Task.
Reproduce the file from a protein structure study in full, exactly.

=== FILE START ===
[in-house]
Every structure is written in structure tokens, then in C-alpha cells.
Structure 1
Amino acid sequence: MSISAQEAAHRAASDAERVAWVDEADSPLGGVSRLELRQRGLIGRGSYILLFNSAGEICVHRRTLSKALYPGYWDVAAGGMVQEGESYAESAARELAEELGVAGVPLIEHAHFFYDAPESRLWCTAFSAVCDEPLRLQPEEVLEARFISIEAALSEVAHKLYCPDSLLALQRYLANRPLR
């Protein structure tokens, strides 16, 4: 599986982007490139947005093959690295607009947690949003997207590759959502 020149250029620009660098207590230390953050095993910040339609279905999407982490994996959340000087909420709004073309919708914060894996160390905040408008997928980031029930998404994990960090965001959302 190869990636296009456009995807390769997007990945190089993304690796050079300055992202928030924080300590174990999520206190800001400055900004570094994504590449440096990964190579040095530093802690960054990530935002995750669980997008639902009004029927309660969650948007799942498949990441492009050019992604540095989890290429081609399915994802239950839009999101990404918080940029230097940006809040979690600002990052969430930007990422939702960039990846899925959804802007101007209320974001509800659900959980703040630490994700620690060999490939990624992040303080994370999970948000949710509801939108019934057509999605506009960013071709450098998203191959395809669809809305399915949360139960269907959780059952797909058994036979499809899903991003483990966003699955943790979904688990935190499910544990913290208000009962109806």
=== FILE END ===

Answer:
[in-house]
Every structure is written in structure tokens, then in C-alpha cells.
Structure 1
Amino acid sequence: MSISAQEAAHRAASDAERVAWVDEADSPLGGVSRLELRQRGLIGRGSYILLFNSAGEICVHRRTLSKALYPGYWDVAAGGMVQEGESYAESAARELAEELGVAGVPLIEHAHFFYDAPESRLWCTAFSAVCDEPLRLQPEEVLEARFISIEAALSEVAHKLYCPDSLLALQRYLANRPLR
């Protein structure tokens, strides 16, 4: 599986982007490139947005093959690295607009947690949003997207590759959502 020149250029620009660098207590230390953050095993910040339609279905999407982490994996959340000087909420709004073309919708914060894996160390905040408008997928980031029930998404994990960090965001959302 190869990636296009456009995807390769997007990945190089993304690796050079300055992202928030924080300590174990999520206190800001400055900004570094994504590449440096990964190579040095530093802690960054990530935002995750669980997008639902009004029927309660969650948007799942498949990441492009050019992604540095989890290429081609399915994802239950839009999101990404918080940029230097940006809040979690600002990052969430930007990422939702960039990846899925959804802007101007209320974001509800659900959980703040630490994700620690060999490939990624992040303080994370999970948000949710509801939108019934057509999605506009960013071709450098998203191959395809669809809305399915949360139960269907959780059952797909058994036979499809899903991003483990966003699955943790979904688990935190499910544990913290208000009962109806």